In perhaps one of the highest moments of intrigue in the film, Tilda Swinton’s character, Blonde, explains the beauty of film. She is enamored by the art of cinema, which loosely connects to the Lone Man’s interest in art in general. Throughout the film, he is seen in an art gallery admiring the pieces from various angles. This does not seem to serve much purpose in the film. However, it might be the film’s ultimate metaphor.
Connecting back to Blonde, she tells the Lone Man about her philosophy of film, which can be summed up by one quote:
“The best films are like dreams you’re never sure you really had.”
The film features an array of strange sequences that seem out of place, much like the art gallery sequence and many of the Lone Man’s slow strolls through cities. It feels hypnotic and dream-like. There is a blurred line drawn between dreams and film. They both imprint themselves within the mind of the viewer. Bits and pieces seem sporadic and sometimes out of place. However, the overall theme of the story is what prevails. This is why some of the earliest film theorist, such as André Bazin, wrote about film as ‘oneiric,’ an art of dreams.
The Limits of Control Is About Art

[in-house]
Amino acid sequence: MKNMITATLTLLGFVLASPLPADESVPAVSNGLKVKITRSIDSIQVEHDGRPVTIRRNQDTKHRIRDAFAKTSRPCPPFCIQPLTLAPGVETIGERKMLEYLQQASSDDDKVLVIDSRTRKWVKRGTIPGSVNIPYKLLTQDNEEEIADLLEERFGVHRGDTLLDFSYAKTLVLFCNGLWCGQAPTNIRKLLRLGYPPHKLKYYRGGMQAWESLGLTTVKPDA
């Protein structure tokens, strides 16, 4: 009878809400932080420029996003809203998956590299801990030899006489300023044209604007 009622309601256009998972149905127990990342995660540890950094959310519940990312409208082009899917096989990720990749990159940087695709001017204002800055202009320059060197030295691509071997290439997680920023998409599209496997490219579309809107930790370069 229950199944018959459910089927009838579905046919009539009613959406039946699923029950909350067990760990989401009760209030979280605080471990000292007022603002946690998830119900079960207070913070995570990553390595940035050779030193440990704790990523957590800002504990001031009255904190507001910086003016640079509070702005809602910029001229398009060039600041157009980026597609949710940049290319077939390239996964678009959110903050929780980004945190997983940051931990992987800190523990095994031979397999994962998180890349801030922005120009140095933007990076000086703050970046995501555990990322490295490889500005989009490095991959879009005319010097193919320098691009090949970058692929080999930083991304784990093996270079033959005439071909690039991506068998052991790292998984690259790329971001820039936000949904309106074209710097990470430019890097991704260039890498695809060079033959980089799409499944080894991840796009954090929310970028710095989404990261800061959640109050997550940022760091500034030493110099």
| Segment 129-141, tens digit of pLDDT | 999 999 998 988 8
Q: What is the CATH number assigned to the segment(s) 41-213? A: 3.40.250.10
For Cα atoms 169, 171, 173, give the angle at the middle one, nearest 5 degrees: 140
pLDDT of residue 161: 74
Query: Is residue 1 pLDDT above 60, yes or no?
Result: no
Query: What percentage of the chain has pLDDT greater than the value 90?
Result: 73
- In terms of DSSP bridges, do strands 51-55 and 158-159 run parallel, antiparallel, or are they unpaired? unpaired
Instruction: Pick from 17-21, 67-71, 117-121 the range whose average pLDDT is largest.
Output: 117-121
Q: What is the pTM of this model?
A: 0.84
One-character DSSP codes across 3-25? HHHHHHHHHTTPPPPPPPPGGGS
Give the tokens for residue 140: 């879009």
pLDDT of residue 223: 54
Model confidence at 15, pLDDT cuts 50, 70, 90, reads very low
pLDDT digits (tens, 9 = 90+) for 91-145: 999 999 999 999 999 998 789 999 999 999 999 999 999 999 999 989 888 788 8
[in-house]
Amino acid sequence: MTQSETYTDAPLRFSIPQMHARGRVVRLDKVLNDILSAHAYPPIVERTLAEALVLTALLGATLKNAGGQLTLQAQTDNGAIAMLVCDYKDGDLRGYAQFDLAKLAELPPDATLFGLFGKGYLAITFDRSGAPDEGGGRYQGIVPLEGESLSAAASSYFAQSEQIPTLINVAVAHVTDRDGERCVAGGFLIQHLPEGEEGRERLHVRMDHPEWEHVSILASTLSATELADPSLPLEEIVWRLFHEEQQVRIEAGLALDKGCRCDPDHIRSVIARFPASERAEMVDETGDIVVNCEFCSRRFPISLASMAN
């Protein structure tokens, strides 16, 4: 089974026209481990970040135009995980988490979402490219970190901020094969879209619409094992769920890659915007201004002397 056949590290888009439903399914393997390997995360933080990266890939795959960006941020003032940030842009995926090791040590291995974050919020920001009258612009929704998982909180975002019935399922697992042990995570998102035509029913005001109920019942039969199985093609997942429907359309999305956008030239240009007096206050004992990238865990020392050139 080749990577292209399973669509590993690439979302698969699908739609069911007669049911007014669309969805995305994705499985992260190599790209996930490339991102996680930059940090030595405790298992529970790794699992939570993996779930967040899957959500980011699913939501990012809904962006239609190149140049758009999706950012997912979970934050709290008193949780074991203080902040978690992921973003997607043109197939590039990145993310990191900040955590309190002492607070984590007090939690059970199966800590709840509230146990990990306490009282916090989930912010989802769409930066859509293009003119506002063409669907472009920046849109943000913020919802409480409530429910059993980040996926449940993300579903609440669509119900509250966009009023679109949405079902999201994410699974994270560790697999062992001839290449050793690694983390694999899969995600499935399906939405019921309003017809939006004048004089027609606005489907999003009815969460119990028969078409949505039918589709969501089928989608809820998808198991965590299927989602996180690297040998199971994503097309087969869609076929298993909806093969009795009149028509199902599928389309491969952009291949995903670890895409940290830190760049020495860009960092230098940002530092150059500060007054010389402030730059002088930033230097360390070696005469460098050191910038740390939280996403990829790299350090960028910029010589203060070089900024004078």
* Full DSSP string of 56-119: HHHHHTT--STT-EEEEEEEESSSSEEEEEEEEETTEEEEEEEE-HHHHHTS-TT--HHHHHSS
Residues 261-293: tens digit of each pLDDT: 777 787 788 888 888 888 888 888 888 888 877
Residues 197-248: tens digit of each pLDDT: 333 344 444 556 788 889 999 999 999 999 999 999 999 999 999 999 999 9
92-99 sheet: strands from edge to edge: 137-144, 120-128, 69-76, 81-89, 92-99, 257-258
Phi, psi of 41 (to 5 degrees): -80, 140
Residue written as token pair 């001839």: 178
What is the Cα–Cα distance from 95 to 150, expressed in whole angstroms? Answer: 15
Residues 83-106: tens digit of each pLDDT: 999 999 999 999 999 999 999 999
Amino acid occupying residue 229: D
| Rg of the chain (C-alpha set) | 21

The Limits of Control focuses on so-called arbitrary realities, and it seems to play the audience, confusing what is real and what is not, and ultimately proving that the difference doesn’t matter. A dream is real; it exists, even if its contents may be fictitious. The film, like dreams, is a fiction that’s real, and celebrates fiction and art as such. As one character says, “For me, sometimes the reflection is far more present than the thing being reflected.” Fictional art can mean more than real life.
Until the Lone Man’s ultimate climactic showdown with Bill Murray (who is hid out in a sort of military compound, and who has been compared to both a Hollywood executive and Donald Rumsfeld), we have no idea where the film is even taking us. The Lone Man’s purpose to eliminate Bill Murray’s character, and we realize that ‘the American’ represents the Hollywood industrial complex, the military, or any other system which uses force and money to impose its own sense of order. The Limits of Control, then, could be about art and its liberation.
Perhaps the story’s purpose is to let us live within the moment and surrender ourselves to art, appreciating the mesmerizing aesthetic and Jarmusch’s curation of art, philosophy, and ideas. As Unspoken Cinema writes, “The Limits of Control is an unabashed celebration of art, of its eccentricities and of losing oneself in it. The film is loaded with conversations about paintings, music, dance, films and books.” It invites you to lose yourself in it. Maybe the Lone Man is living within another reality (a film is literally another reality, after all) and we’re invited to live there, too.
In the end, the film is a slow burn. There are no answers to many of the questions asked throughout the entire runtime. Characters come and go and artifacts seem to just serve as red herrings with, to some, seemingly no meaning. But as dreams come and go, so do the elements of The Limits of Control. The film could be a motion picture realization of a dream and its unpredictability. It’s intriguing, strange, and unnatural, but we are forced to take witness to its unusual nature, and surrender control to its artistry.